2. A handwritten note on the source text reads: “Undated. Apparently sent June 5, 1958.” Another note states that a reply was sent on December 5, 1958, but no such letter has been found in Department of State files.
  3. Not found in Department of State files.
  4. Dated December 13; see Foreign Relations, 1955–1957, vol. XXII, pp. 944946.
  5. Not printed. The enclosure was an update of the Status Report on the Internal Security Situation in Thailand, initialed by Johnson and dated June 1958.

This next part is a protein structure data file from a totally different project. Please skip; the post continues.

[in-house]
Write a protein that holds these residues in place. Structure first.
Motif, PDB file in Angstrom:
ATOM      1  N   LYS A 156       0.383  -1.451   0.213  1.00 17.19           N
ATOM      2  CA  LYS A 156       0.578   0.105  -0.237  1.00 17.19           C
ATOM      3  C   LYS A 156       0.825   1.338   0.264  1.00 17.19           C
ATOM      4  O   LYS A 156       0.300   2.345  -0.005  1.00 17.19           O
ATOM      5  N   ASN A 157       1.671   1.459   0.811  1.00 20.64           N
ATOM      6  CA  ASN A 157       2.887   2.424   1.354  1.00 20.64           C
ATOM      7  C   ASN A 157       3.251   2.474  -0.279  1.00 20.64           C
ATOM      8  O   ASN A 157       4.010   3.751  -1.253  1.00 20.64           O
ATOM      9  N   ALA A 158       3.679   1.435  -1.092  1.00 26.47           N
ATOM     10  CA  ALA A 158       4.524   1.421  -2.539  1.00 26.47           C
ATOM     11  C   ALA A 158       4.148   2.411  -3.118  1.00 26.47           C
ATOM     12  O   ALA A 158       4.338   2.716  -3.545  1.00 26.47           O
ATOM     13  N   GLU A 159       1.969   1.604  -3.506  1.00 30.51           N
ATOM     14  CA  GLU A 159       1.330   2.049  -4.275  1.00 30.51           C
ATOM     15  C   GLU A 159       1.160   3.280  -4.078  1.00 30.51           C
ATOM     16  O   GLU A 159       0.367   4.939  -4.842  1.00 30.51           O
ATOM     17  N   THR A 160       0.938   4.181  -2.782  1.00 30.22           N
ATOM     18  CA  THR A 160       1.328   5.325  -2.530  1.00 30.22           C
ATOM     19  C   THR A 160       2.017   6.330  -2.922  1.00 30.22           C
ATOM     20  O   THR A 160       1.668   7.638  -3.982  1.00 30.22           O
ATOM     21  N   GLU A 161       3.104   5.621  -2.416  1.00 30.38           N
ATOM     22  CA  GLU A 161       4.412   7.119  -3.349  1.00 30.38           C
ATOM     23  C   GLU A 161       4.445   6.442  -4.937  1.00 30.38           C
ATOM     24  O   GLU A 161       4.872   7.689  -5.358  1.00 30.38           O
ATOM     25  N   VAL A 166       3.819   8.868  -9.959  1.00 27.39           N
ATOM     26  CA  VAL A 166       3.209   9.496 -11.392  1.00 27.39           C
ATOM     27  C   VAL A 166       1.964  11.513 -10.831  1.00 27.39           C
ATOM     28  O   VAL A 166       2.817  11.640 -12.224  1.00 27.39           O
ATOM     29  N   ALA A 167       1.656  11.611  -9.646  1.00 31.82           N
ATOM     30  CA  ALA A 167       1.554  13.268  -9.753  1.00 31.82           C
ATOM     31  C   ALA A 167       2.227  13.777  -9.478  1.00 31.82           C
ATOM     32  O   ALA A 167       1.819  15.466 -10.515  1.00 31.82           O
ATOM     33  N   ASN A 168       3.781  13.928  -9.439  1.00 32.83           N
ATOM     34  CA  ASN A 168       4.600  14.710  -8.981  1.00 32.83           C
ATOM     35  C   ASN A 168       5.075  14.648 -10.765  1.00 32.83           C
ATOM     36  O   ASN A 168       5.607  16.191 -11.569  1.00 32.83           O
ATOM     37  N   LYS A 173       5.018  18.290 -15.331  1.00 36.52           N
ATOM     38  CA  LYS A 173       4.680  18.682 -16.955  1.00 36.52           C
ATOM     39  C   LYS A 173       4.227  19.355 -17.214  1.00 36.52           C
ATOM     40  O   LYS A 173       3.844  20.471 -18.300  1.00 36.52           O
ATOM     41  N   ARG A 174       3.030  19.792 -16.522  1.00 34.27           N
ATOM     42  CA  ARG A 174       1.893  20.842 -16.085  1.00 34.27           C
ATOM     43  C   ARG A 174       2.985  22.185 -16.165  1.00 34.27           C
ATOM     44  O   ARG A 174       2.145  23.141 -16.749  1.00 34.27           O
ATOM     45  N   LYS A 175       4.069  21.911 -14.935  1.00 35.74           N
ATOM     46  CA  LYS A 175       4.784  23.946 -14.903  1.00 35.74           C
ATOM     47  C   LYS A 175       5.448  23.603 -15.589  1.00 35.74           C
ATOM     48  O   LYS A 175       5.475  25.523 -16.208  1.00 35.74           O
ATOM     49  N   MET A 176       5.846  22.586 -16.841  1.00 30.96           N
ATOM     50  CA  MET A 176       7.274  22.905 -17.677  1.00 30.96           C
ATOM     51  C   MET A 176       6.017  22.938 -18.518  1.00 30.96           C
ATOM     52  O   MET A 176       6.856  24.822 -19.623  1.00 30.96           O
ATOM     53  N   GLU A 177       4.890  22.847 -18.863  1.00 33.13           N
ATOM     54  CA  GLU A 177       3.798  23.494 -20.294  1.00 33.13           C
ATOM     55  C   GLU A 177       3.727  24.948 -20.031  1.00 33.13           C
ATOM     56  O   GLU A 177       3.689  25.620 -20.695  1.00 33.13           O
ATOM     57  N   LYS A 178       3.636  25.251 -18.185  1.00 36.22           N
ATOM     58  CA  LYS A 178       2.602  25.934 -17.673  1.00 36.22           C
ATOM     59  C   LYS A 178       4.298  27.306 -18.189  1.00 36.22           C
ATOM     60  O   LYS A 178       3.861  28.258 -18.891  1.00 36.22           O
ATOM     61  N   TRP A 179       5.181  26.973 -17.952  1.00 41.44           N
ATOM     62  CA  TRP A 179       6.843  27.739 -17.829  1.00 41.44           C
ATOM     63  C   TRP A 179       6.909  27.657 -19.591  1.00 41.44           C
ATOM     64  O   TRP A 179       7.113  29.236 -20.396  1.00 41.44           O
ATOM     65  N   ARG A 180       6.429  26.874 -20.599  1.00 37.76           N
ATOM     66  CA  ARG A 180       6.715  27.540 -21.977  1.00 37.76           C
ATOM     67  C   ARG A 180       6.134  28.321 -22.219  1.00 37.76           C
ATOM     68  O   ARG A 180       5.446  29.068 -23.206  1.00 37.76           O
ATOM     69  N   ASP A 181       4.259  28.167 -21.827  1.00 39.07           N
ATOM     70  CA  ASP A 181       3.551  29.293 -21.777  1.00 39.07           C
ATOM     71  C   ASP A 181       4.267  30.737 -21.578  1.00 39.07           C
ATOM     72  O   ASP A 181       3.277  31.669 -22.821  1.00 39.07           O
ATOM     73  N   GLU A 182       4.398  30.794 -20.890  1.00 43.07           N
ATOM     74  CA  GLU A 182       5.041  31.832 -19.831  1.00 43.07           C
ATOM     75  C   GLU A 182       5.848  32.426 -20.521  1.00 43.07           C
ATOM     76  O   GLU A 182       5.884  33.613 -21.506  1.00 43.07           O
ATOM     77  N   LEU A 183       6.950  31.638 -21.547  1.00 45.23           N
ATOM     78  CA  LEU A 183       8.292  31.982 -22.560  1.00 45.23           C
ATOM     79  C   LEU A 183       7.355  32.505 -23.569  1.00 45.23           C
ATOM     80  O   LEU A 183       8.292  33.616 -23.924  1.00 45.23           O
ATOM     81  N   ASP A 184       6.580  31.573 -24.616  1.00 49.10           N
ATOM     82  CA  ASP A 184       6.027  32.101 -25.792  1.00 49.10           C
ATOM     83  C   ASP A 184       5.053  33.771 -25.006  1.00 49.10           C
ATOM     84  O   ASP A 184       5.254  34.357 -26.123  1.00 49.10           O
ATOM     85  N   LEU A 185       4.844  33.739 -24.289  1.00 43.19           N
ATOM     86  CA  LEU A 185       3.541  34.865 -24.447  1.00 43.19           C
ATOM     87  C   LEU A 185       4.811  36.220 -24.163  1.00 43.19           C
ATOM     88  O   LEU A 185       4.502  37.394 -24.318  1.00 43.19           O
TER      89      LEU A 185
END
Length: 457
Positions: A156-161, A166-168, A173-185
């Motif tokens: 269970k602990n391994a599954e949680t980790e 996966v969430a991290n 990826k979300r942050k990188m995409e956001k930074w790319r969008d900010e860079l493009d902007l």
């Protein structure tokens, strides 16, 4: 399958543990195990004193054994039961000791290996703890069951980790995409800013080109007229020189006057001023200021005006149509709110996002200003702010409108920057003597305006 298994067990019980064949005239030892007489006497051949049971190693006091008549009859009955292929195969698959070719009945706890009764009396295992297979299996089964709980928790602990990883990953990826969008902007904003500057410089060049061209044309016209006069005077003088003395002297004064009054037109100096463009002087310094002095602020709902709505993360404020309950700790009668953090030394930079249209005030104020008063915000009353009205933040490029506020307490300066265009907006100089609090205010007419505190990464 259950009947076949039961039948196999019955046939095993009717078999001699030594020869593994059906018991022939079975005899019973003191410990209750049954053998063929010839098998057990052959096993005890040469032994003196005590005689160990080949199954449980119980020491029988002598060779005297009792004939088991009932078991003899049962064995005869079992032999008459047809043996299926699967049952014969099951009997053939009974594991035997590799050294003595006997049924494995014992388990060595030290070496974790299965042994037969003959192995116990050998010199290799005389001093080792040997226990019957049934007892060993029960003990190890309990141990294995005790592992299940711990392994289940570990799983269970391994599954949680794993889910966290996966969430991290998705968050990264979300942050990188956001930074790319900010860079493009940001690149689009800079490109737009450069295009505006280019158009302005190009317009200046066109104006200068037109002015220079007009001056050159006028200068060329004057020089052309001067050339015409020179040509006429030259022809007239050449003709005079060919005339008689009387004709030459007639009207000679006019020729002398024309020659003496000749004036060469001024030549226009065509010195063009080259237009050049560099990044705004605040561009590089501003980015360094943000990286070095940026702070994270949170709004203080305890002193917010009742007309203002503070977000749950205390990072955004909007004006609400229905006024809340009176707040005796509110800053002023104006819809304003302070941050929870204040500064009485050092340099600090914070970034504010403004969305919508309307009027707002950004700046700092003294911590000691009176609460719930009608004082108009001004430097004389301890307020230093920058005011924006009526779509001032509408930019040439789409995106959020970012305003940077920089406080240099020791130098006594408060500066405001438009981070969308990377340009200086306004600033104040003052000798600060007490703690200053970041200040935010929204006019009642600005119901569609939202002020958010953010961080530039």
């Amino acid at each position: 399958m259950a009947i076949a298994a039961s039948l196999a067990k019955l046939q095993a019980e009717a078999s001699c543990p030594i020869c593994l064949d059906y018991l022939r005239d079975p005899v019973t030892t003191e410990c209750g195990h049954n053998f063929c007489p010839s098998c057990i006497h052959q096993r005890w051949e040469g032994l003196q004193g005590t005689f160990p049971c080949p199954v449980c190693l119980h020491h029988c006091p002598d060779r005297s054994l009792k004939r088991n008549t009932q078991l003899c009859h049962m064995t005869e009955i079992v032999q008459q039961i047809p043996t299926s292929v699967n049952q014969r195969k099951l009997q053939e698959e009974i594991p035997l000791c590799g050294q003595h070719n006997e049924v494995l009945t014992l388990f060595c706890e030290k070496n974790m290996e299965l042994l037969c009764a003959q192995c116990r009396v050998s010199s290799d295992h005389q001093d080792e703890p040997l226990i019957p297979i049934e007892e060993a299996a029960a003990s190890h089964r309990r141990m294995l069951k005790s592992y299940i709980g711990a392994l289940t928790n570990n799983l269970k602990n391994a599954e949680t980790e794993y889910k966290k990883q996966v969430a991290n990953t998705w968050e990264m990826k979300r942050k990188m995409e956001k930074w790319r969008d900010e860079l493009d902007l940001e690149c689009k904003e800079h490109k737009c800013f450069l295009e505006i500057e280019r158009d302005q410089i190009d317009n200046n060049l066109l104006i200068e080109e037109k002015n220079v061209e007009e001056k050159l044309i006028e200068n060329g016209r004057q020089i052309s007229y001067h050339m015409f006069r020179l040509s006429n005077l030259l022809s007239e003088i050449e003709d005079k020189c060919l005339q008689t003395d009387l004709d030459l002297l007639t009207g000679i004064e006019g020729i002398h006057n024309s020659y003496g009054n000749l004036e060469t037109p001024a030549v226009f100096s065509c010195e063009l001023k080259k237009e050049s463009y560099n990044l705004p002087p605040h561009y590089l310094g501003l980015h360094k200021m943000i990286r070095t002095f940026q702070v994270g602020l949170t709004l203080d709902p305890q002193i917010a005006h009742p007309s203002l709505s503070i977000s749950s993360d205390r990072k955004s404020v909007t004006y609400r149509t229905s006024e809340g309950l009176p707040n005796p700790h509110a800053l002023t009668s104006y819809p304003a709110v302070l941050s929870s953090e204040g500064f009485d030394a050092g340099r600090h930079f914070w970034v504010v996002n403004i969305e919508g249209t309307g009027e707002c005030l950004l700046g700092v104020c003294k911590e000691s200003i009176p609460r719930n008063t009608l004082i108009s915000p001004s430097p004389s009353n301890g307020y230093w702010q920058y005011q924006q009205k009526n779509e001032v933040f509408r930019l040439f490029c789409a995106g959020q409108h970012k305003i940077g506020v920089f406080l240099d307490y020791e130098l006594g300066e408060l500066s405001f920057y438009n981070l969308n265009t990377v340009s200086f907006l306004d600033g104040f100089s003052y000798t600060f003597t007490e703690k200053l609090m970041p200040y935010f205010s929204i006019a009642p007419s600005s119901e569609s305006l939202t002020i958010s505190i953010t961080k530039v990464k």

6. This paragraph concerns the ability of the regular Thai armed forces to back up the civil police, the Gendarmerie Patrol Force, and the Elite Guard. The paragraph noted that training and reorganization carried out under the Military Assistance Program were increasing their capabilities.
  7. Counselor of Embassy and Deputy Chief of Mission and First Secretary of the Embassy in Bangkok, respectively.
  8. Major General Richard C. Partridge, Chief of JUSMAG, Thailand, and Colonel Seth L. Weld, Jr., Army Attaché at the Embassy in Bangkok.